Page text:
We did have riots during the tumult of the 1960s, spurred in part by our three terrible assassinations, all within five years, of JFK, MLK and RFK. We had a spike of crime during and after our crack epidemic. But that spike is over. We now have the lowest rates of violent crime in a generation, despite more complete reporting of crimes. Yet the GOP keeps plugging away at fear of crime, trying to convince us that immigrants and minorities are everywhere lying in wait to rob, assault, rape and murder us.

The GOP plays on this fear despite careful studies showing that immigrants commit the same number or fewer crimes than others. The reasons are obvious. Undocumented immigrants balk at doing anything that might get them deported. Both lawful and undocumented immigrants are entirely focused on enjoying and succeeding in a system that, for all its faults, offers them far more freedom and opportunity than the ones they left behind in their home countries.

In the long run, the GOP’s fear mongering just grinds everyone down. It grinds down the duped “majority,” who so fear crime, minorities, and immigrants that they can’t think straight about them or anything else. They vote reliably for their own serfdom, while what “trickles down” is never enough to improve their own lives. The fear grinds down minorities and immigrants themselves, forcing them to keep their heads down lest they be noticed and subjected to yet more bias and discrimination.

This long-exploited fear has helped cause the most salient fact about our democracy in its present state. We let a small minority of zealots govern us. Only about a third of us vote regularly, especially in non-presidential elections, let alone in party primaries. We suffer bad government because we don’t have majority rule.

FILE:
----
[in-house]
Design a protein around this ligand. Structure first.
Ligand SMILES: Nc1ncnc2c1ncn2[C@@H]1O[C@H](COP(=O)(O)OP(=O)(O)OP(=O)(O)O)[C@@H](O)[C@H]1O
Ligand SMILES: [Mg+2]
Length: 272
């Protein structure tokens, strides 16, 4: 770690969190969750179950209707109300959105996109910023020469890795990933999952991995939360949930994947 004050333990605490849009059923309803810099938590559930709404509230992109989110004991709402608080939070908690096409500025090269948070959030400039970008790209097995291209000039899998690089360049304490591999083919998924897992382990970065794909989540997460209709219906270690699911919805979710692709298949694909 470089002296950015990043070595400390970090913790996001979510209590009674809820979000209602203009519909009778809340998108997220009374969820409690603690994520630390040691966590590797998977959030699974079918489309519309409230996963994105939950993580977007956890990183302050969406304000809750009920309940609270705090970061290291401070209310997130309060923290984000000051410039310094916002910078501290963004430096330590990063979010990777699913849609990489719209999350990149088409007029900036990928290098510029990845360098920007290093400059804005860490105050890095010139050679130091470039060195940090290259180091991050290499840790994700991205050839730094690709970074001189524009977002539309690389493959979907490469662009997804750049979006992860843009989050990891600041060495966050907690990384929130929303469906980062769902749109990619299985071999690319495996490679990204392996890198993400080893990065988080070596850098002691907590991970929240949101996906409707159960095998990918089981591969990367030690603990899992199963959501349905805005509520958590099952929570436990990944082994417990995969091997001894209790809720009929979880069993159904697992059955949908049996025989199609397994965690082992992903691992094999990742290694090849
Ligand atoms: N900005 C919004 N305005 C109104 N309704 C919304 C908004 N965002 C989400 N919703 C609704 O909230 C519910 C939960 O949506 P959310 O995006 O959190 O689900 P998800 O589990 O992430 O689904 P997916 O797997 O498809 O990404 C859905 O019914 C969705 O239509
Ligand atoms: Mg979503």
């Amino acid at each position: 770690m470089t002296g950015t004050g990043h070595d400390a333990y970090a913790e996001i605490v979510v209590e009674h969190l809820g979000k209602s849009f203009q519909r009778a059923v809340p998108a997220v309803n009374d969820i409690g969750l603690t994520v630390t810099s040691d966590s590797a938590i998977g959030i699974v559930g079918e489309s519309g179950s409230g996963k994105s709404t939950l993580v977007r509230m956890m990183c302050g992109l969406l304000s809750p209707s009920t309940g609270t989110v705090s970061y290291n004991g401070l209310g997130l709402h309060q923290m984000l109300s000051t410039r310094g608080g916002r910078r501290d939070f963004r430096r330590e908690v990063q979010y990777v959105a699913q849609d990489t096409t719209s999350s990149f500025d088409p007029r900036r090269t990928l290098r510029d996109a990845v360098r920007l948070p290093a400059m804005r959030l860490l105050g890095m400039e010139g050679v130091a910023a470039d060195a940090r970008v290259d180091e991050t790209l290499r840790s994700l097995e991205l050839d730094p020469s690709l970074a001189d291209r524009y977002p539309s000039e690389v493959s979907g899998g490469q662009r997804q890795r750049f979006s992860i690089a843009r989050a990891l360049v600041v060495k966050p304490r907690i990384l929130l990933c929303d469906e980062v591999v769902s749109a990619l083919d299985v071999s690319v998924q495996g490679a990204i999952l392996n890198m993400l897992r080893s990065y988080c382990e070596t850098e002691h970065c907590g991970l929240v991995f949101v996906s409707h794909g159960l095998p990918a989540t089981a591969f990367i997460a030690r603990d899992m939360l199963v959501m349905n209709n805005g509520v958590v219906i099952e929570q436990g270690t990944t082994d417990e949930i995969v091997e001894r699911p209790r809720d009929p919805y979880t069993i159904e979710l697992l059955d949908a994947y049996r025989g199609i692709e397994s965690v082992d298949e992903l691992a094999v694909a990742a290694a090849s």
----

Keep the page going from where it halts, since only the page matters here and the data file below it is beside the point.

We don’t have majority rule because most of us simply don’t vote, except in presidential elections. And those who, in large numbers, don’t vote are the very ones who, in theory, have the most to lose from not voting: youth, minorities and members of immigrant families. They don’t vote because they don’t believe their voting will make a difference. They are told every day that they are inferior, dangerous and unworthy.

Hope can break this cycle of fear and despair. It can do so especially for new citizens. Indeed, they are precisely the people whom we want to heal and advance our democracy. Why? Because, unlike many cynical and apathetic natives, they still believe in our system.

They sacrificed to get here. They paid guides and “coyotes” to bring them. Some literally walked over a thousand miles. Almost everyone left family, familiarity and community behind. And now they have to learn to work and live with a new language and in a new culture, and to become parts of a new and strange community. They do all this because they see, better than most, the shining city on a hill that we once were and still can be.

In the midst of all the derogation and stress, immigrant citizens need hope and encouragement to play politics and vote. The same truth holds for minorities. African-Americans have felt fear and despair for four centuries. It was only after they saw the realistic possibility of having a president who looks like them that they came out in droves and even “flipped” Southern states.

Whenever Obama speaks out, he gives new voters hope. He gives minorities hope that someday the ugly stain of white supremacy will be wiped from our politics forever. He gives all of us hope that someday we will have thoughtful, deliberate, rational government again, in which a single old man’s planet-sized ego is not our nation’s lodestar.

The time for hope is especially auspicious just now. One of our fastest-growing minorities is (East) Indians. Many are citizens or becoming ones. Unlike many other immigrants, Indians are fully fluent in English and familiar with democracy and how it works. (By population, India is the world’s largest democracy.) Unlike the Chinese and Eastern European immigrants of earlier years, they are not so spooked by fear of Communism as to allow the GOP to conflate mild democratic socialism with Communism and so lead them to serfdom by fear.